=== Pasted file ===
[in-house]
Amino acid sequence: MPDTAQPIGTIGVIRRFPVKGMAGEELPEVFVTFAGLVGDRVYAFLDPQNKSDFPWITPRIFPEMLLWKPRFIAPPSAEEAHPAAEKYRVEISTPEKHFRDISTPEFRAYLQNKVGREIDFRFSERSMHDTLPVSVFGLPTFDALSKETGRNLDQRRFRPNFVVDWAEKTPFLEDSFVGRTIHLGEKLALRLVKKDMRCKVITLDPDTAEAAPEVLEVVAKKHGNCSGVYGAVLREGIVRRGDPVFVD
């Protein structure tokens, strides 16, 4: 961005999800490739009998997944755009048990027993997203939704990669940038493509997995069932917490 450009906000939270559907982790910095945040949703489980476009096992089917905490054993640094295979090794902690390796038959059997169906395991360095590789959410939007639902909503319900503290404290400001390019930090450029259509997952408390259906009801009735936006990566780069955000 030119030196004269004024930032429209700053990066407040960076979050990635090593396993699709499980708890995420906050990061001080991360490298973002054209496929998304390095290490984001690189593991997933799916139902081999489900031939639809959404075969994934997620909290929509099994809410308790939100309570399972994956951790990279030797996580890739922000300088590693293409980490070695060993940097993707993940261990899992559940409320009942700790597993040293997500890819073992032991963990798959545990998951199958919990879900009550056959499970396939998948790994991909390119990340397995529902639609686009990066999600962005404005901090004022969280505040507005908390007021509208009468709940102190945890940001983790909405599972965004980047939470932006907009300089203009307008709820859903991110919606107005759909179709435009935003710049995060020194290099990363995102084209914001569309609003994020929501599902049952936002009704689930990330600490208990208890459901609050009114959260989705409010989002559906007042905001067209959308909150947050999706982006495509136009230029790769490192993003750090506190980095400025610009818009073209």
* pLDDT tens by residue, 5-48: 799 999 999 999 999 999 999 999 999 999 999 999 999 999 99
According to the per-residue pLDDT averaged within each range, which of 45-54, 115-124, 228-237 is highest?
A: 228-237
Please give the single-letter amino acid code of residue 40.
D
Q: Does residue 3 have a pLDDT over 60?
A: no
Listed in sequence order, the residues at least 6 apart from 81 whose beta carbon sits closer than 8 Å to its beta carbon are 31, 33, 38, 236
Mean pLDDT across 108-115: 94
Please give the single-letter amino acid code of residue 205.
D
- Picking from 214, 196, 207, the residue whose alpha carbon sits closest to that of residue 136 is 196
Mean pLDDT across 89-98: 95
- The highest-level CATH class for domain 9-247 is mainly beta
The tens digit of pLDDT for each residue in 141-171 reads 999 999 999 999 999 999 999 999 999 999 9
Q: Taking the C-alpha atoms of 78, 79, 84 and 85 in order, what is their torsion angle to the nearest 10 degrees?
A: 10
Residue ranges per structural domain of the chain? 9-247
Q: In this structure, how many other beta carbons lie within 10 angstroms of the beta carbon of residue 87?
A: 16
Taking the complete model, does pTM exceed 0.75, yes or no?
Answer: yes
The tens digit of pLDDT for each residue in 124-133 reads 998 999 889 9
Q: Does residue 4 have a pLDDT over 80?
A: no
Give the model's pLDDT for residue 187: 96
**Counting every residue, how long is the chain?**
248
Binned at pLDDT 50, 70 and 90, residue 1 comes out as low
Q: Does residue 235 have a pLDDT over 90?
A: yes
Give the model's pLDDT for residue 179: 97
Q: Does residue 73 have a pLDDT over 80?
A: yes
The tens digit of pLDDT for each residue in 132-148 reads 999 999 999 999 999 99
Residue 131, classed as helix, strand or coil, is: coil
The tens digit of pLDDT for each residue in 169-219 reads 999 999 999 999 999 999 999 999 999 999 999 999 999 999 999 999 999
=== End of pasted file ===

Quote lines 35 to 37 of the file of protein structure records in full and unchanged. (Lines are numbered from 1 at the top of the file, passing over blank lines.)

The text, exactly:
Give the model's pLDDT for residue 179: 97
Q: Does residue 73 have a pLDDT over 80?
A: yes